Few things are more impressive than watching a surgeon run between multiple surgical arenas and save many lives at once on television medical dramas. Surprisingly, this practice is not necessarily fiction. Known as concurrent or double-booked surgeries, the practice probably threatens successful surgical outcomes more easily than it saves lives.
In March 2016, the Boston Globe reported that Senator Orrin Hatch initiated an investigation into this practice, specifically related to one hospital, but then extending to other hospitals. Concurrent surgeries are a relatively common practice across the U.S., particularly in the area of orthopedics. In some cases it is permitted to a limited degree, but surgical patients need to be aware of it and know how to help protect themselves.
It is not uncommon for surgeons to move from one surgical procedure to the next, leaving the final steps to other members of the surgical team. In fact, even Medicare views the practice as acceptable, as long as surgeons are present for critical or key portions of the surgery. Unfortunately, the investigation uncovered unacceptable practices, such as the following:
It does not require surgical knowledge to recognize that these are serious situations that can — and do — result in surgical error. One of the goals of the investigation is to establish guidelines that reduce the risks of concurrent surgery. Unfortunately, it is still too early to know how this issue will be handled.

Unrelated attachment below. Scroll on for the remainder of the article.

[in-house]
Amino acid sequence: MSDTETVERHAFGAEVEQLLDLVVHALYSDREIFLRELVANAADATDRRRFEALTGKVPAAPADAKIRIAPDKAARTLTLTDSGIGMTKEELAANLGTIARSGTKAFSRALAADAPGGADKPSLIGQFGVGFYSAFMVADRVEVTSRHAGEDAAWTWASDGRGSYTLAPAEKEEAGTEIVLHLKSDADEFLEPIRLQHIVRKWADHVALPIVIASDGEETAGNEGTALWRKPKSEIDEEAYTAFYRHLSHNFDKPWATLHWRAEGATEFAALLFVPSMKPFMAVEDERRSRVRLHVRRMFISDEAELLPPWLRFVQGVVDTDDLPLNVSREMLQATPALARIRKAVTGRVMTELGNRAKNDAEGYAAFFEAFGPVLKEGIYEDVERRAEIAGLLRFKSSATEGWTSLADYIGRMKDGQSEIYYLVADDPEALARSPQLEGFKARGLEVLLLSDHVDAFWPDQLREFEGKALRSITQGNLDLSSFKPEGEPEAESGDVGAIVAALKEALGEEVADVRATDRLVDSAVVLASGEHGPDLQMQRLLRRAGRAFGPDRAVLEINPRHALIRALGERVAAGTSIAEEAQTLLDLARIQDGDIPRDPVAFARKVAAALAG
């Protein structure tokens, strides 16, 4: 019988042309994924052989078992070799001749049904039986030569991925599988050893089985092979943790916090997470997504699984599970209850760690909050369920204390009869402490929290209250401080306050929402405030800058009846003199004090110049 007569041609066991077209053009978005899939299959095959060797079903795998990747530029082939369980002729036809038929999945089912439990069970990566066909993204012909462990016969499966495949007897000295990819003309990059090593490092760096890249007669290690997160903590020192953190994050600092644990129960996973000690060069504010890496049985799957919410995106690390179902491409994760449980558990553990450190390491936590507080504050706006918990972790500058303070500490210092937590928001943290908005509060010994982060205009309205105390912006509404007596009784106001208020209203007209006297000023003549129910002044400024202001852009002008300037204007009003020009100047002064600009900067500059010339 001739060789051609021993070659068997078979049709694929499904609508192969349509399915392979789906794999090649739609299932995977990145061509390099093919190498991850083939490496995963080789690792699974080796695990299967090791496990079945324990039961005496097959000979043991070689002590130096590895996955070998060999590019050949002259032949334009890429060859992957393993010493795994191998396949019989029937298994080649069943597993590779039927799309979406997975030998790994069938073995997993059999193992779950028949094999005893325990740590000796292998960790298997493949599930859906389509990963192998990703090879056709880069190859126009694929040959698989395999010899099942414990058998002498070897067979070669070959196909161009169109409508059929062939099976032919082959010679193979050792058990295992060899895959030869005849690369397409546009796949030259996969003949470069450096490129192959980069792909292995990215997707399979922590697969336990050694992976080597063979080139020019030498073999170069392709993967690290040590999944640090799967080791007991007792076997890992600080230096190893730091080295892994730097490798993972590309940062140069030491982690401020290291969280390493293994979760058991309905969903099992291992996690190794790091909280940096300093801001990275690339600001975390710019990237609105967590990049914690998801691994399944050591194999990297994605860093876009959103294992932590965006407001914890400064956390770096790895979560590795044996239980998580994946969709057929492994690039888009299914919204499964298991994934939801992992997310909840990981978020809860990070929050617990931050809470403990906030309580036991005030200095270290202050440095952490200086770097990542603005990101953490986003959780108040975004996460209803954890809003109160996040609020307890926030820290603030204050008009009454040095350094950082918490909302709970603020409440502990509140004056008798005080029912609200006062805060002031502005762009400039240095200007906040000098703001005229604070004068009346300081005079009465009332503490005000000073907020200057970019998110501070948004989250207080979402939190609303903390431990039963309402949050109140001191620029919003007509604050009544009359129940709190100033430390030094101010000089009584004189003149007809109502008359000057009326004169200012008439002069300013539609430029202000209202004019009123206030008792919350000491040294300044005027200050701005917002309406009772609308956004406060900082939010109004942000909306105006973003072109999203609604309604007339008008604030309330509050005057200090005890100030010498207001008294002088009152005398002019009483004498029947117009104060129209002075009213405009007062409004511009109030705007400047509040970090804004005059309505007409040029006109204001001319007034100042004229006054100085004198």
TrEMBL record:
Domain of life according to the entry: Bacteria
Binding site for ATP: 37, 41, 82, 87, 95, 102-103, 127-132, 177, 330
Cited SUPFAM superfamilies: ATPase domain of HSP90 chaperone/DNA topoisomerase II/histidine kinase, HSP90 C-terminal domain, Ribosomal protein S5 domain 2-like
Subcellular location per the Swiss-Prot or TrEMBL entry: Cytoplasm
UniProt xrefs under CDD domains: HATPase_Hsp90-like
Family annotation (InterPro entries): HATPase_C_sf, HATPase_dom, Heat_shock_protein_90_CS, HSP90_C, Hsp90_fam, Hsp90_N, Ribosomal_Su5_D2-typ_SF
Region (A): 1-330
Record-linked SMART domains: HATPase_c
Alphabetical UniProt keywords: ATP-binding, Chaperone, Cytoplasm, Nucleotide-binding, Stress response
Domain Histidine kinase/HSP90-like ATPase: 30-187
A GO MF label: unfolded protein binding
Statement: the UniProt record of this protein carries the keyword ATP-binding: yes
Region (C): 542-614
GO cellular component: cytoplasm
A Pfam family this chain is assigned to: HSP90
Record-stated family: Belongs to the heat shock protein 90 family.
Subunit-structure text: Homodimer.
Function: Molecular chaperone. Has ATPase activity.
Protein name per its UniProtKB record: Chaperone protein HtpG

Any doctor-patient relationship requires a significant level of trust. However, patients who plan to undergo surgery under general anesthesia require an exceptional level of confidence that the surgical team will perform in accordance with strict standards.
Surgical patients typically have little control over the surgical process, but they should certainly ask surgeons about scheduling practices — as well as ensure that they know precisely who will perform their procedures. It also makes sense to do some research that might reveal issues or lawsuits levied against specific surgeons, hospitals or surgical centers.
In the end, understand that surgical outcomes seldom come with guarantees. Even the most skilled surgeon cannot absolutely predict concerns that might arise during a procedure. Still, when injuries occur, patients and their families should expect to hear a reasonable explanation.
If there is any concern that medical negligence may have led to injuries, seek advice from Tuscaloosa personal injury lawyers who have the skills and resources needed for medical malpractice claims.
Statement on Principles, (Responsibility of Primary Surgeons) American College of Surgeons, April 12, 2016